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The Spokesman-Review Newspaper
Spokane, Washington  Est. May 19, 1883

Title company offering free service to defy historic racist property restrictions in Spokane County

Alex May, pictured in this file photo from 2019, asked the courts to remove a racist covenant that was filed when his home was first developed and sold in the 1950s. The Washington Supreme Court rejected his request.  (TYLER TJOMSLAND/THE SPOKESMAN-REVIEW)

Like numerous places in the country, many neighborhoods in Spokane once discriminated against certain demographics to prevent them from owning or residing on specific properties.

This was accomplished by enforcing restrictive covenants, or language included in a property’s title reports that outlines what kind of people can purchase it. And those covenants can still be found in properties’ paperwork today.

But Vista Title & Escrow is helping property buyers change their titles to void the discriminatory covenants.

“You can’t erase history, but I think that’s right for property owners to be able to take a stand,” said Anthony Carollo, Vista’s CEO. “Here’s an opportunity to improve Spokane one property at a time.”

Covenants and restrictions can include the color of a home, how long grass can grow to, or to disallow the construction of a basement, Carollo said.

But the restrictions based on race were ruled unenforceable by the United States Supreme Court in 1948. Around 20 years later, Washington followed suit and passed a law that banned covenants discriminating on the basis of race, color, religion or national origin and ruling they are void, meaning that they have no legal effect, according to county records.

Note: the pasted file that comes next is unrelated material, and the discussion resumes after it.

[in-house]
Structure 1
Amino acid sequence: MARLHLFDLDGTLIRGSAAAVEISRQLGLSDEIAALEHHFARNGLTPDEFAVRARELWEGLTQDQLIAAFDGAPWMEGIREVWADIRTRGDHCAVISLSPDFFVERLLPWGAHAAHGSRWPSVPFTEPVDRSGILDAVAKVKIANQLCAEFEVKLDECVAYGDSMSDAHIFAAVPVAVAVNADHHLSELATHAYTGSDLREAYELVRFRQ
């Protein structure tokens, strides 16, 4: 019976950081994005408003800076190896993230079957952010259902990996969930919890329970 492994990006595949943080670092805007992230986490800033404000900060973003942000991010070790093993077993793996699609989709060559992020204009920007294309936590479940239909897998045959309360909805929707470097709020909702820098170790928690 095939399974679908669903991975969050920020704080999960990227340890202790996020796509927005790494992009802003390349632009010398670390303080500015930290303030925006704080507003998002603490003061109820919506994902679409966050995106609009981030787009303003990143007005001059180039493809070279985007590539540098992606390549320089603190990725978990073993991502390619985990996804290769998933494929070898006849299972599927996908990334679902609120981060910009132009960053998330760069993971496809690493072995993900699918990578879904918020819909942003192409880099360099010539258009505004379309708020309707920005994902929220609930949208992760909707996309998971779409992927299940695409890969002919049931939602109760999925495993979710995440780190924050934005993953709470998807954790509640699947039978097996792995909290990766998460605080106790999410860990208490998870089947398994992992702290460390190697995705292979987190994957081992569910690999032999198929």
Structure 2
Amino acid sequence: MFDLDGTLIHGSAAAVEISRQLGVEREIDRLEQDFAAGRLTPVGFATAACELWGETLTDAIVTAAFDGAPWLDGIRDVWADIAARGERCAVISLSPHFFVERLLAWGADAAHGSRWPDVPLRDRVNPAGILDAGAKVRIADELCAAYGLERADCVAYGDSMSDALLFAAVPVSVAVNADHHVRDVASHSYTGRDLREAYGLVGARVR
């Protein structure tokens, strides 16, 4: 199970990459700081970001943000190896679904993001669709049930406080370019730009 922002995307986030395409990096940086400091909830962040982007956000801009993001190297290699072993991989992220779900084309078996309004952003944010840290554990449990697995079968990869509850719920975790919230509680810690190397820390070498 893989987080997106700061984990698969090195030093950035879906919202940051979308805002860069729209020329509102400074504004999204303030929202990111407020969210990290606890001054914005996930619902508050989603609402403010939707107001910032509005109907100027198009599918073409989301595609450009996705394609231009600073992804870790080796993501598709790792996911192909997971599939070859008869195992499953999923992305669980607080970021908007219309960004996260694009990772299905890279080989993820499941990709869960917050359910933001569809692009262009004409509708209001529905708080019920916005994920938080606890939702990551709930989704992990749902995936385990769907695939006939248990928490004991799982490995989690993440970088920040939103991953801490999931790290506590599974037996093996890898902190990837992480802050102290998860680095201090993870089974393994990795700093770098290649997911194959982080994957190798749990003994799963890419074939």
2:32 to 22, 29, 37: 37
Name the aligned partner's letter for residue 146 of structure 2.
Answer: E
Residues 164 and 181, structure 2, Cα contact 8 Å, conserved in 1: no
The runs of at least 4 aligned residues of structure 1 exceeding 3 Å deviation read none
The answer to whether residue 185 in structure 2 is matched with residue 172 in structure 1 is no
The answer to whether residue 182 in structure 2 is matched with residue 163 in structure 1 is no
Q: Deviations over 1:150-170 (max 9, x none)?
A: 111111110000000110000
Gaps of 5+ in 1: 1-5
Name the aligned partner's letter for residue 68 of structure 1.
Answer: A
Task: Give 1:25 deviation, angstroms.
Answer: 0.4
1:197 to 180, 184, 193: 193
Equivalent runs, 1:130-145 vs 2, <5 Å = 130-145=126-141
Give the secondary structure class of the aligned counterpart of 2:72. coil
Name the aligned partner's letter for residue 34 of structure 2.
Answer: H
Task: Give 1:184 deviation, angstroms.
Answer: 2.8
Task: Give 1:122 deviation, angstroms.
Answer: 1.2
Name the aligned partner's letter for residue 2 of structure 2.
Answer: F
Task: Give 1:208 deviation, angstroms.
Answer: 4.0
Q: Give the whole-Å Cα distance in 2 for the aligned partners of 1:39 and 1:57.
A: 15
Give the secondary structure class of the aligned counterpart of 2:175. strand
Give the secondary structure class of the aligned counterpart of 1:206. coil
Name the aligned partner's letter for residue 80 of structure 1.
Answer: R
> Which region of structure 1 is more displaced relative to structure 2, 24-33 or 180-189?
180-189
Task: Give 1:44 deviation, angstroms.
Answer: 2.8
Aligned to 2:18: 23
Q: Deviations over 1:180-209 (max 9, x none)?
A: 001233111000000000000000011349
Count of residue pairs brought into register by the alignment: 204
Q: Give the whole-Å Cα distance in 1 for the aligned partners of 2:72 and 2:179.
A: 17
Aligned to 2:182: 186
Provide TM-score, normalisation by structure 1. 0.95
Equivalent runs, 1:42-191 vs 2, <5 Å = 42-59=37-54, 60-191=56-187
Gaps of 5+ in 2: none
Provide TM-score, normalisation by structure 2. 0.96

Though the covenants are already null, the state then revised the law in 2018 to give property owners the right to affirmatively declare restrictions as void by filing a restrictive covenant modification.

There is no other state with a similar program, according to Carollo.

His company announced Thursday that it will complete the covenant modification on behalf of property owners.

During property sale transactions, Vista will comb through the title documents and perform the modification free of charge. Carollo knows of no other company in the state offering the service.

“And Washington is unique that they created a form so that property owners can do the modification on their own,” he said. “So, I suppose we’re probably the only one in the entire country doing this.”

The effort does not erase the covenants, however, as they are part of the public record.

This was affirmed in a lawsuit against Spokane County brought by Alex May, a Spokane homeowner who asked the county to remove a covenant on his South Hill home that reads “no race or nationality other than the white race shall use or occupy any building on any lot,” according to Spokesman-Review reported.

Spokane County Auditor Vicky Dalton said at the time that it was not in her authority to remove it, according to Spokesman-Review records.